Can burying your friends in the sand be a form of yoga? According to Russell Comstock, a yoga teacher and outdoor adventure educator based in Essex, New York, the answer is "absolutely." At a conference organized by the Green Yoga Association last September, Comstock and his wife, Gillian Kapteyn Comstock, a psychotherapist, yoga teacher, and wilderness guide, led an "Ocean Yoga" day for nearly 25 participants. The group practiced asanas in front of the waves, searched for stones and pebbles to create devotional altars, and buried each other in the sand in Savasana (Corpse Pose) to encourage pratyahara (sense withdrawal).
"It was a total blast," says Russell, 43, who is working toward a master's degree in contemplative ecological leadership. "My belief is that many aspects of yoga have a connection to nature, whether it's focusing on our breath—which contains molecules of air from all over the globe—performing postures that mimic animals or elements of nature, or bringing a yogic awareness to the food we eat." That link to the environment, he says, is not often actively taught. And that's where classes like Ocean Yoga come in. "Yoga on the beach is a wonderful way for people to reconnect with a sense of joy and wonder."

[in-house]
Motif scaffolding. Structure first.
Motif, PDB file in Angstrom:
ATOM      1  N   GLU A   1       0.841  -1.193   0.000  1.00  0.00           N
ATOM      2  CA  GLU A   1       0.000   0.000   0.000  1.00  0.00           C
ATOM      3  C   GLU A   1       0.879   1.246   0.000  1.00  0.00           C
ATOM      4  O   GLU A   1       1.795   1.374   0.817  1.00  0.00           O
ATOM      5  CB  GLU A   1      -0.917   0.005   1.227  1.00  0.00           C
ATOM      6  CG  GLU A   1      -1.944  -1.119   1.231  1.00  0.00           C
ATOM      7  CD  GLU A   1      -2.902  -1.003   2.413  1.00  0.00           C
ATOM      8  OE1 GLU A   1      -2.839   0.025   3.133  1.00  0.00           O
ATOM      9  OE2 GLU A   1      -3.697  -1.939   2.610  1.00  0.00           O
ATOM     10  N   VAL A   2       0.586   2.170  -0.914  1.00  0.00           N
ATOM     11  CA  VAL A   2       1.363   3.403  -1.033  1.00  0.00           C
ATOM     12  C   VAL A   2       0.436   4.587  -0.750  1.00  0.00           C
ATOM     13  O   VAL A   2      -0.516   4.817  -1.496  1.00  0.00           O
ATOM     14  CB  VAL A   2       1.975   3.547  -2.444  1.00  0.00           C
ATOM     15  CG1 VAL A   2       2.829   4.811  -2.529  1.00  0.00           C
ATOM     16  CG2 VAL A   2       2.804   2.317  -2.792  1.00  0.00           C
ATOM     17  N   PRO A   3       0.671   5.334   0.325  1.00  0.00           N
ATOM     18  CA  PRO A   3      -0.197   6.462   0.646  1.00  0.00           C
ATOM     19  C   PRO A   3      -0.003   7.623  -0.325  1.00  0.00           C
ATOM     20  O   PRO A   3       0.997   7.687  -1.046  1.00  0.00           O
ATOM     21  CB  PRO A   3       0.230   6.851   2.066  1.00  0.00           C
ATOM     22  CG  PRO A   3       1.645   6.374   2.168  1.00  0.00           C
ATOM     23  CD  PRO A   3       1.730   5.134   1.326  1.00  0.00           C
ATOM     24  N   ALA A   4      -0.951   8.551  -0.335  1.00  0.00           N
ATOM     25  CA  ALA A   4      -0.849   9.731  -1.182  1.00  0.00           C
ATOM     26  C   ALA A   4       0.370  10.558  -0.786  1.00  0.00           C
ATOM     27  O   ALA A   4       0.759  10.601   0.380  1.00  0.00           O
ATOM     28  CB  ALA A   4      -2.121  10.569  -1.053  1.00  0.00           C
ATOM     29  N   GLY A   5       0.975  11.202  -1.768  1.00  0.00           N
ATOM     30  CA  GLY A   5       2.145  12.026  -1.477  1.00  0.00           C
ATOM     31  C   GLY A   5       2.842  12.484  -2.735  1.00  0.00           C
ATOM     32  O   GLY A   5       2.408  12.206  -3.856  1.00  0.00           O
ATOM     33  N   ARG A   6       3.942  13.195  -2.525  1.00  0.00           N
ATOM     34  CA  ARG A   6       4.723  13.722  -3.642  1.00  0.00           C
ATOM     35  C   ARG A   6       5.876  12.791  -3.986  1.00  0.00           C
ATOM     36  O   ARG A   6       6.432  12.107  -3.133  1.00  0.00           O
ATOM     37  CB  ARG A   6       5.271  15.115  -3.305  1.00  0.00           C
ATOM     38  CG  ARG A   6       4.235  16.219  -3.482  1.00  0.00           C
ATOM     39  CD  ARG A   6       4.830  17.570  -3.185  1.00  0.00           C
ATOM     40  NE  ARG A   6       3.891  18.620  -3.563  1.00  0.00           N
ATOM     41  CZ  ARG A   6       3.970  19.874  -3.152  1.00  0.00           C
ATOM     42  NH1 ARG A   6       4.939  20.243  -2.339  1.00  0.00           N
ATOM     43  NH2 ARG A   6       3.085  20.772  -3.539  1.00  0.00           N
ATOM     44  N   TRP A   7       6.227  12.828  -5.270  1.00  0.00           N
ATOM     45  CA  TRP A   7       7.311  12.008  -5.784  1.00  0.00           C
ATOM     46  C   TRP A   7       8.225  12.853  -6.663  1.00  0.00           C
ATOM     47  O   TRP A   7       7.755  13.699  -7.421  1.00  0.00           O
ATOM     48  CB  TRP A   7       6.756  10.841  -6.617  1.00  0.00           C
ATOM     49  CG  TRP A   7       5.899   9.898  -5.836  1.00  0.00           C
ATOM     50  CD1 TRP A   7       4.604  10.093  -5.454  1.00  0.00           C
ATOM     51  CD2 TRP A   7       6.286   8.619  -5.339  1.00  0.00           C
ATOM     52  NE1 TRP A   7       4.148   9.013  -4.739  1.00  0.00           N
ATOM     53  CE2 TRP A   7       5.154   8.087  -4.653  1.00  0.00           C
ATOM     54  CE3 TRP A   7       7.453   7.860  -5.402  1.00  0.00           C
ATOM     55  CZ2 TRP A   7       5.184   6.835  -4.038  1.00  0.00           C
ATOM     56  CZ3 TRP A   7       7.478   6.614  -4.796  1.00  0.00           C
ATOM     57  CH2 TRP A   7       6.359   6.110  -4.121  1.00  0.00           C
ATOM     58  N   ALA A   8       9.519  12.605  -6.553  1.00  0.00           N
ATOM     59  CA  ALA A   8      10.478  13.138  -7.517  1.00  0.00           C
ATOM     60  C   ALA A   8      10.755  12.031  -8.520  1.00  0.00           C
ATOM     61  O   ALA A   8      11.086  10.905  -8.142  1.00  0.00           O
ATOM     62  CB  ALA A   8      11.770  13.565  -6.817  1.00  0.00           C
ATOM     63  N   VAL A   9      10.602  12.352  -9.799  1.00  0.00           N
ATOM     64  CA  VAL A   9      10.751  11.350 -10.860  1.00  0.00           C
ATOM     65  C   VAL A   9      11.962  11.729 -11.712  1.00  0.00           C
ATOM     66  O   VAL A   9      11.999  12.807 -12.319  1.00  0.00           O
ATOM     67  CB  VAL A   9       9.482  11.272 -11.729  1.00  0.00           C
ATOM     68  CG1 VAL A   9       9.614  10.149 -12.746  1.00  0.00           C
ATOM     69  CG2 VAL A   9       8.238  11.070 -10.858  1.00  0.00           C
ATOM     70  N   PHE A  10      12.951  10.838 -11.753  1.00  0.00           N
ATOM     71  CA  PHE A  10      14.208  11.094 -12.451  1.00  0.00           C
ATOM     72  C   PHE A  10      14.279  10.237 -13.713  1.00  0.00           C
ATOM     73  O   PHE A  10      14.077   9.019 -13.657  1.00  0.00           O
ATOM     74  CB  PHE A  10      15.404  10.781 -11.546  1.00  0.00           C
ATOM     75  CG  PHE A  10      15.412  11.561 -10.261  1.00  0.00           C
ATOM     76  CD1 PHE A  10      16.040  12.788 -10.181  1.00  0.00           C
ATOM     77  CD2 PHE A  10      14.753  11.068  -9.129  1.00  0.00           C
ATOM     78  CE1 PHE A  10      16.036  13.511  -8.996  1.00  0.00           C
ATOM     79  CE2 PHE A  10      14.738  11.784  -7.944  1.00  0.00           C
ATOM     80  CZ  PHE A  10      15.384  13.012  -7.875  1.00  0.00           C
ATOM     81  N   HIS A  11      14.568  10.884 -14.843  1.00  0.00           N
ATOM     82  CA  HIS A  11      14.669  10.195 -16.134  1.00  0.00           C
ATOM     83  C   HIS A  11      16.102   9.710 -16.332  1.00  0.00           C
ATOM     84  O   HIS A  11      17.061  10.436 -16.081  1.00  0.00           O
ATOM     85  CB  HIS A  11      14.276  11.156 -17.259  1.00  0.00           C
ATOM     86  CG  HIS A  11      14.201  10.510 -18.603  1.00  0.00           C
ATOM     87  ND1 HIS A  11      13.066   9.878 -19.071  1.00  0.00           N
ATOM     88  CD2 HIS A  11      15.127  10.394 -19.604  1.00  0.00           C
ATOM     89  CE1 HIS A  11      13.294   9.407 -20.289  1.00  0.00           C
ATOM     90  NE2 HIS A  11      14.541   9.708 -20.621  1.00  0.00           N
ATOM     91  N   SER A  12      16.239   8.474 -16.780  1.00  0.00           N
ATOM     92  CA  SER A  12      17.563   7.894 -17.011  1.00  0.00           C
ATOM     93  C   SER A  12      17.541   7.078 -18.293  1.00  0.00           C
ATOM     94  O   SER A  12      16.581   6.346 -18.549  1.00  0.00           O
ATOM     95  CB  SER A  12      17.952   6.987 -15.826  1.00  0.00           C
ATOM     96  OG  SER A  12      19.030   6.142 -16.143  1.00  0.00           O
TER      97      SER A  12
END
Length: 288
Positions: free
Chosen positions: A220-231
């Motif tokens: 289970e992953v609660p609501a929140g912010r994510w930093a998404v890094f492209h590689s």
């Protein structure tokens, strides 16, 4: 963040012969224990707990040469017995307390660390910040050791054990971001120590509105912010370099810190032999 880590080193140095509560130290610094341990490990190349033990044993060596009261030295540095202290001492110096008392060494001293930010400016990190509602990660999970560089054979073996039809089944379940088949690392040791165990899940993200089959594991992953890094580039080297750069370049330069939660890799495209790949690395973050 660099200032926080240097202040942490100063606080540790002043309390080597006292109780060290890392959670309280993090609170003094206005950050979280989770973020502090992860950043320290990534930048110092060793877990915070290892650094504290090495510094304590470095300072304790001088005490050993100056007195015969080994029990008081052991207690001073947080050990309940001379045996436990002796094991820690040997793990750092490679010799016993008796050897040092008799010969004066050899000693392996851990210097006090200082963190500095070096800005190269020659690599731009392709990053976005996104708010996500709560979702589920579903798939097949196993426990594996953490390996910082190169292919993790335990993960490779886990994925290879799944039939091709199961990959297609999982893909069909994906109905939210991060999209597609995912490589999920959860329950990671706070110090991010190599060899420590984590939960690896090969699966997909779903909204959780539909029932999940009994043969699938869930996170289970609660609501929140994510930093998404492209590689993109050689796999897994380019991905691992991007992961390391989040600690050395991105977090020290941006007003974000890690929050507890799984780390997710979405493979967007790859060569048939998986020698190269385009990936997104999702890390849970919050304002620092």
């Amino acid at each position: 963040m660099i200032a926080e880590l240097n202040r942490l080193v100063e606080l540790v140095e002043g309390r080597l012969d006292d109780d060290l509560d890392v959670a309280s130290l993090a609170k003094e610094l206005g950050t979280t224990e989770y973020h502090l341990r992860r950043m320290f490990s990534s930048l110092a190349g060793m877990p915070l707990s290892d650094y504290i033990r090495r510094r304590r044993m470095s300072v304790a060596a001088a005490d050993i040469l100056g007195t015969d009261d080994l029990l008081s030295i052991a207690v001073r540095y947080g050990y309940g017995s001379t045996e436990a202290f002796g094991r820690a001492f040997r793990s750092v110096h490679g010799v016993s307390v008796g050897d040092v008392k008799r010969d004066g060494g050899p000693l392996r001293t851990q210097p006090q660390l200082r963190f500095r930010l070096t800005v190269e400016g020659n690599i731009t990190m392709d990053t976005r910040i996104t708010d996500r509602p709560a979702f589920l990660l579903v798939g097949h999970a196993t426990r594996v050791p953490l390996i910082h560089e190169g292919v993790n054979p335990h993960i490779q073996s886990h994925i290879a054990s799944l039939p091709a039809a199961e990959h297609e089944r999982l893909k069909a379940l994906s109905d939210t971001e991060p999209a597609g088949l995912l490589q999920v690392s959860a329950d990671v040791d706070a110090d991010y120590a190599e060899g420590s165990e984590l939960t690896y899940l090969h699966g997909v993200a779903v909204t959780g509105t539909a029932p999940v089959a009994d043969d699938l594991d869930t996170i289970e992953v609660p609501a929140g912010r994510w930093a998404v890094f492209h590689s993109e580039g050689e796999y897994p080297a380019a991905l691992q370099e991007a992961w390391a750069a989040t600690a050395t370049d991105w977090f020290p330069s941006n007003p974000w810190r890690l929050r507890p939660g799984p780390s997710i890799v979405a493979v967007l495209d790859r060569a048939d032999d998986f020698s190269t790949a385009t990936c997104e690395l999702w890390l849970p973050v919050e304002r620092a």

But the Comstocks aren't stopping there. They recently established the Metta Earth Institute on a several-hundred-acre farm in New York's Adirondack Mountains. In addition to hatha yoga and meditation classes, the small eco-school will offer sustainable-living programs that teach organic gardening, small-scale farming, permaculture principles, and green building techniques. One of the center's first programs is a 10-day course, available through the University of Vermont, that combines yoga, ecology, and art. The couple will also practice what they preach by making green choices while building and powering the farm with solar electricity. "We want to model what we teach," Russell says.